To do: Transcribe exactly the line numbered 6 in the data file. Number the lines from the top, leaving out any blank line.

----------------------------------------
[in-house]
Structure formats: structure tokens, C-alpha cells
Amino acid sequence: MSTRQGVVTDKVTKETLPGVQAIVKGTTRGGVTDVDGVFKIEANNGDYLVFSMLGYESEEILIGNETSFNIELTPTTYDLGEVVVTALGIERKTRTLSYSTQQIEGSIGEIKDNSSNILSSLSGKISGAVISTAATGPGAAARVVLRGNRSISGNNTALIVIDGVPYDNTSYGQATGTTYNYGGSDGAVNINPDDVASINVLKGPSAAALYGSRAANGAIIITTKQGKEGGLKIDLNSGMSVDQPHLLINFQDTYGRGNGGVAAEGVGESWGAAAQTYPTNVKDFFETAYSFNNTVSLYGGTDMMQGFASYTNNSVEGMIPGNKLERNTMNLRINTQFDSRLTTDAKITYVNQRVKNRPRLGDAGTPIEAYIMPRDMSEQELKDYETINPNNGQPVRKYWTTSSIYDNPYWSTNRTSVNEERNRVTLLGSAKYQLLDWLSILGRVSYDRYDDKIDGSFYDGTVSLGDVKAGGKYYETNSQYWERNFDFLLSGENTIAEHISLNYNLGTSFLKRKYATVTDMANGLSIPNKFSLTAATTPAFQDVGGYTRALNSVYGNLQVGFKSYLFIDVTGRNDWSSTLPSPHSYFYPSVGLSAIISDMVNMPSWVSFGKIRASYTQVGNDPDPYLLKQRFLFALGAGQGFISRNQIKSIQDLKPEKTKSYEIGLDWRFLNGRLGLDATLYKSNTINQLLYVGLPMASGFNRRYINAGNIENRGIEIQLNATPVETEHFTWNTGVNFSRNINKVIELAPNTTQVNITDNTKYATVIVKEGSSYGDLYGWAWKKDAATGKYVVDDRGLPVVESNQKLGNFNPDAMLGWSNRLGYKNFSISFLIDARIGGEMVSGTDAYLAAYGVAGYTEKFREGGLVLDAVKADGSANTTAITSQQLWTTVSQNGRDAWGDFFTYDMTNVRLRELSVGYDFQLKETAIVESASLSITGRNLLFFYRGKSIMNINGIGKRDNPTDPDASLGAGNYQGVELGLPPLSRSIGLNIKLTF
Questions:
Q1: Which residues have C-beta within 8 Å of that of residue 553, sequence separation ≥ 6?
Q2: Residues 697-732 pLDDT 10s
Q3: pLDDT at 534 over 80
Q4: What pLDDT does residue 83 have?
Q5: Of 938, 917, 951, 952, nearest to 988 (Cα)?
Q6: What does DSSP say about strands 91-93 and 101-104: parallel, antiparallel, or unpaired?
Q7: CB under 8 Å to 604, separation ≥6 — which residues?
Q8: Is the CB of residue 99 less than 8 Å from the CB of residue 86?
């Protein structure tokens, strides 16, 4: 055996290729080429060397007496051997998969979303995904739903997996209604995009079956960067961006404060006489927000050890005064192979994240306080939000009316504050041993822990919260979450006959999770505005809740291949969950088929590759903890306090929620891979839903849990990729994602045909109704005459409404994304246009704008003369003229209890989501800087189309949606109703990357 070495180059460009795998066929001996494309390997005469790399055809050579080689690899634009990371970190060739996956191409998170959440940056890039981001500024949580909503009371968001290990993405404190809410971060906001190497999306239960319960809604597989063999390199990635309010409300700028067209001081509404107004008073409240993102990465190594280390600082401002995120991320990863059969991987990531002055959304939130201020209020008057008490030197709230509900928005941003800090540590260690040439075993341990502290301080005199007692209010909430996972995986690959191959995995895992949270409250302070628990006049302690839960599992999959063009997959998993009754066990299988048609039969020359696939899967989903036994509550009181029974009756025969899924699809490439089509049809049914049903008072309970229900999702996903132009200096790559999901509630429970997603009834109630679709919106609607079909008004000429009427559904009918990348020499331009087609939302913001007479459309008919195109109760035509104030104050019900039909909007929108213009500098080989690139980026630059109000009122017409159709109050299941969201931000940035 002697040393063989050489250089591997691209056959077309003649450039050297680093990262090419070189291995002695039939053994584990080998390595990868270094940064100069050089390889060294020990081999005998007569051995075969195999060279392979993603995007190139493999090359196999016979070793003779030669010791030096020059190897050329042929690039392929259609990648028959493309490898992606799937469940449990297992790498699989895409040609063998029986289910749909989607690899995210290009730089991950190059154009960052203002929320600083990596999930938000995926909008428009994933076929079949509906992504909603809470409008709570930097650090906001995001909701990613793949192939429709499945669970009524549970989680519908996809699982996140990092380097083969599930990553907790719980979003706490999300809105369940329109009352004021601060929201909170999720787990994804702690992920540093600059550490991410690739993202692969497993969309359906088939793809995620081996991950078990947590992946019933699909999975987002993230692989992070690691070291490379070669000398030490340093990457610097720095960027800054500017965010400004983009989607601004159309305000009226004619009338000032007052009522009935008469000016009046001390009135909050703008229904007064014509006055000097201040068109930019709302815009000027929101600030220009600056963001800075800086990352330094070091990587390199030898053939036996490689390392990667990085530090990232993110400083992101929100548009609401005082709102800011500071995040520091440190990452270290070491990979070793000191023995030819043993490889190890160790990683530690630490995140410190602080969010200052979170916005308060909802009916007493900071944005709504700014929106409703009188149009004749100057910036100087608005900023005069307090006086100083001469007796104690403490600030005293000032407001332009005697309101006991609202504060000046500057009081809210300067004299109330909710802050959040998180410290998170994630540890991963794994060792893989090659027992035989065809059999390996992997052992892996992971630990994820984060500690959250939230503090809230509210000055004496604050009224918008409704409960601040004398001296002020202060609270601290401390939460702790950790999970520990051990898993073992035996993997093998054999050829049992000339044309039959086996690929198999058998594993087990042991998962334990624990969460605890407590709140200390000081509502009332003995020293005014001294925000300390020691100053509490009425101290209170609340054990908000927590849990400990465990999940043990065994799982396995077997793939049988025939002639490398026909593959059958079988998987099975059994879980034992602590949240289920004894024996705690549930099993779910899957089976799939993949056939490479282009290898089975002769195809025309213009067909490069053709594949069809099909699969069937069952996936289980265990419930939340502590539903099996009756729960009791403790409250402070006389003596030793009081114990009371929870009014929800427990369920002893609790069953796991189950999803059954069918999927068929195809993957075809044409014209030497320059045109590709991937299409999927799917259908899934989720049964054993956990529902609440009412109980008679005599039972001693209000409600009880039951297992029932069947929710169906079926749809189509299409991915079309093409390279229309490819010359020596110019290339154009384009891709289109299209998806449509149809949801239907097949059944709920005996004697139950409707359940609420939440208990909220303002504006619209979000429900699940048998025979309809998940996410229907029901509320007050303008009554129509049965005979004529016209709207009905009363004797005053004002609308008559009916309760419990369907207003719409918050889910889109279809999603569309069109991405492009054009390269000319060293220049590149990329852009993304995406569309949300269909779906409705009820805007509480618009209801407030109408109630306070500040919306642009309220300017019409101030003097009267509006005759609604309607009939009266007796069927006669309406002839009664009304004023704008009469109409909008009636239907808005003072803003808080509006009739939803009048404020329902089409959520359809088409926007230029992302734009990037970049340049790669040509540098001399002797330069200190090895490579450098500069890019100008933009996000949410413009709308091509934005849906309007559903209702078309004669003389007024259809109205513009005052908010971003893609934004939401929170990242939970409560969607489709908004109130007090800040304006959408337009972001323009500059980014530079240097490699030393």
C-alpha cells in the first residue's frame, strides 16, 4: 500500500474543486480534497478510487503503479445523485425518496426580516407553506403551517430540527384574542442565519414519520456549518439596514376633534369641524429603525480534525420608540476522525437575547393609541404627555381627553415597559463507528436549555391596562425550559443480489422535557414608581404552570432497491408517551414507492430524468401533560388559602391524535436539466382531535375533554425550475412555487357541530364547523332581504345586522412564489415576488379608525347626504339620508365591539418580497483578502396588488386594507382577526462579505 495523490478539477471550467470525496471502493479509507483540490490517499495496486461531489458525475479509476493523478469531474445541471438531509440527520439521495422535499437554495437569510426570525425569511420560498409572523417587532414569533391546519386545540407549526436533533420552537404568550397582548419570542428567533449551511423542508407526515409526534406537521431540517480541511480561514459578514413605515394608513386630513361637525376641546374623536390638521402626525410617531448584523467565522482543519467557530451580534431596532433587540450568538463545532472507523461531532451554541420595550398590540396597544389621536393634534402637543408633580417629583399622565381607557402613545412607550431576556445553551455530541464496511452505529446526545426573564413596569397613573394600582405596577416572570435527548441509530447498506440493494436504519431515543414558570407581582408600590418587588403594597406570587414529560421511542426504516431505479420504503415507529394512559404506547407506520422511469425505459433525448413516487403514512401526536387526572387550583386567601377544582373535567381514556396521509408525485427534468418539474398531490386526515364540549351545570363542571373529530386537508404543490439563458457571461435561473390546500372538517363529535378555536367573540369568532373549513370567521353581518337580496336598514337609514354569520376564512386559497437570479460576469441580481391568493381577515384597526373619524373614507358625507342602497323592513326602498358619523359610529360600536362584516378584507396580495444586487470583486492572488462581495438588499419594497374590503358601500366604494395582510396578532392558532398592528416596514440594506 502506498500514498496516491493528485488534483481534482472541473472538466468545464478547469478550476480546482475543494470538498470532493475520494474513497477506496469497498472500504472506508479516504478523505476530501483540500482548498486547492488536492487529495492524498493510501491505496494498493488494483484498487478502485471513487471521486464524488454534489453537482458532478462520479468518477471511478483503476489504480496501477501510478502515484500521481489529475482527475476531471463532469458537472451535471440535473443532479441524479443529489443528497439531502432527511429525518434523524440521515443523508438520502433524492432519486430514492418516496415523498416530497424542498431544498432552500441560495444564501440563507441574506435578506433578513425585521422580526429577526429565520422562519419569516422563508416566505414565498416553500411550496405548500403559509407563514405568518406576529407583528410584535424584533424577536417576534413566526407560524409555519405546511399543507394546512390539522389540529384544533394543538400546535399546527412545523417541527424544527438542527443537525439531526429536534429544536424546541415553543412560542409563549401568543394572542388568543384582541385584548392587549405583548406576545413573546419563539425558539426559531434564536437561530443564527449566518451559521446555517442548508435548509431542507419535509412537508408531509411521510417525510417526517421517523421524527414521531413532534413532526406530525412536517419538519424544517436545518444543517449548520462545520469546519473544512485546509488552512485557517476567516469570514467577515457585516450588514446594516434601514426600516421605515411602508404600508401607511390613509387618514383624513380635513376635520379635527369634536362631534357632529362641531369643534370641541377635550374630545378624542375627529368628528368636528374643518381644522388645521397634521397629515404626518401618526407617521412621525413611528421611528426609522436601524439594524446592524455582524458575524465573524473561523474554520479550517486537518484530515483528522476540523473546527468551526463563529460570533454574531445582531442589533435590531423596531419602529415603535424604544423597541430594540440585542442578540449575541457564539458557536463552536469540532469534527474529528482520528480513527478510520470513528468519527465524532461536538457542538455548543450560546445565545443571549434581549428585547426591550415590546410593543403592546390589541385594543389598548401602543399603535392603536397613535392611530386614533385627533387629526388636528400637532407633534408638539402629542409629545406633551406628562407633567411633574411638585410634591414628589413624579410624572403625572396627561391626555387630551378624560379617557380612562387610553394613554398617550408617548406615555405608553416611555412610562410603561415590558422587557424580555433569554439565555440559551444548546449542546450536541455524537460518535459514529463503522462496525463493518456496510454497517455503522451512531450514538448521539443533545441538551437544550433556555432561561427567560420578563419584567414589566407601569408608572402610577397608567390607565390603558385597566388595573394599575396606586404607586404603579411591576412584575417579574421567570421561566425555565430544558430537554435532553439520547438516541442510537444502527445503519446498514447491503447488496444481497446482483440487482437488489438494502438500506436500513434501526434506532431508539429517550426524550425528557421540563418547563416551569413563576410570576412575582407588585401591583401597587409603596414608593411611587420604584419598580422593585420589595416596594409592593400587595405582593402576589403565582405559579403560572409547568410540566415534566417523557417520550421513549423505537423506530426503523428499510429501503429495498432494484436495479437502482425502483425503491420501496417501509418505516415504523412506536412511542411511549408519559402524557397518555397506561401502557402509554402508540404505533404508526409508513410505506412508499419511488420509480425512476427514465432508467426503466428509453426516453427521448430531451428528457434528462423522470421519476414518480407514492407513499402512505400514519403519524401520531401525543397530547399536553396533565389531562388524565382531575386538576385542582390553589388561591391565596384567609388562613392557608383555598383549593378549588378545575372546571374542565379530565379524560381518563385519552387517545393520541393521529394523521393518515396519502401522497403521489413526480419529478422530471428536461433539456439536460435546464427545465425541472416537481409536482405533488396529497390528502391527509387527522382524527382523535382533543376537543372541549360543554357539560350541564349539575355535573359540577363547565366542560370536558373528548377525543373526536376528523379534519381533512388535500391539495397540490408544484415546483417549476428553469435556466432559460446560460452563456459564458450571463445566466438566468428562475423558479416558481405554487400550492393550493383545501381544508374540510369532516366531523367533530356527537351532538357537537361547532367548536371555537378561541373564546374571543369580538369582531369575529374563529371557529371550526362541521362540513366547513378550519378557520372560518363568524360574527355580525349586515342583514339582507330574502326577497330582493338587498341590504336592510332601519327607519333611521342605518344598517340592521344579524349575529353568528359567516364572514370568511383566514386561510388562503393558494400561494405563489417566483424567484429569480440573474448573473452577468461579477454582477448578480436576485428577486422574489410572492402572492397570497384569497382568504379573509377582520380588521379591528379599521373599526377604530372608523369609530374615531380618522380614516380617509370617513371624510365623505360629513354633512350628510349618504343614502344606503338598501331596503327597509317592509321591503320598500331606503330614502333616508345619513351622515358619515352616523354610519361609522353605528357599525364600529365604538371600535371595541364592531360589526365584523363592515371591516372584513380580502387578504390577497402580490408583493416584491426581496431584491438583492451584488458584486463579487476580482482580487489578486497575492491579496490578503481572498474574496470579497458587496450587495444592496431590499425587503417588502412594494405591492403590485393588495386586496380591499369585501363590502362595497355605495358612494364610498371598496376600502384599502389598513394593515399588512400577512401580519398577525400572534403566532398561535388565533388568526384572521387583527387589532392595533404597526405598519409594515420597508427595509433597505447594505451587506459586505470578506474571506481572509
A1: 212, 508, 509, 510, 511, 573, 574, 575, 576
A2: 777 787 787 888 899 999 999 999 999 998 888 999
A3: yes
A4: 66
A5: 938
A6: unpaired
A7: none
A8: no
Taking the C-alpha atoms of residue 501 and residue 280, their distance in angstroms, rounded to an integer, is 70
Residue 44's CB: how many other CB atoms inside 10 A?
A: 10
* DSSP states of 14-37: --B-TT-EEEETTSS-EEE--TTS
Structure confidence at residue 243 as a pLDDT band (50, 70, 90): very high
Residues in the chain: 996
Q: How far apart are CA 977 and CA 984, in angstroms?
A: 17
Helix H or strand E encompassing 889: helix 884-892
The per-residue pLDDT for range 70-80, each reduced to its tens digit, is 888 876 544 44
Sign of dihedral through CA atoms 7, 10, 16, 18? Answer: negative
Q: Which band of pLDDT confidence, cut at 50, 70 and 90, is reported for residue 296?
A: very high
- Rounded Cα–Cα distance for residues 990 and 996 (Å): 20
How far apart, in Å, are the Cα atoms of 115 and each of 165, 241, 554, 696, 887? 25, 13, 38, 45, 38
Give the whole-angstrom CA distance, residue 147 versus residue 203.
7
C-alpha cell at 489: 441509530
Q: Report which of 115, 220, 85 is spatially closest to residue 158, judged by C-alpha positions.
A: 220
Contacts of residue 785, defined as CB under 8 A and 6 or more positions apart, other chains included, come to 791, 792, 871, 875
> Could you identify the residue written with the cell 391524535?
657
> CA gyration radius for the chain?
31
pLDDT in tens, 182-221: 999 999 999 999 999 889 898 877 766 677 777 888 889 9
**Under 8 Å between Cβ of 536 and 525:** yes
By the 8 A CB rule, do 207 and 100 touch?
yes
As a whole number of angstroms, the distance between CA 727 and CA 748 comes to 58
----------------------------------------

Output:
Q2: Residues 697-732 pLDDT 10s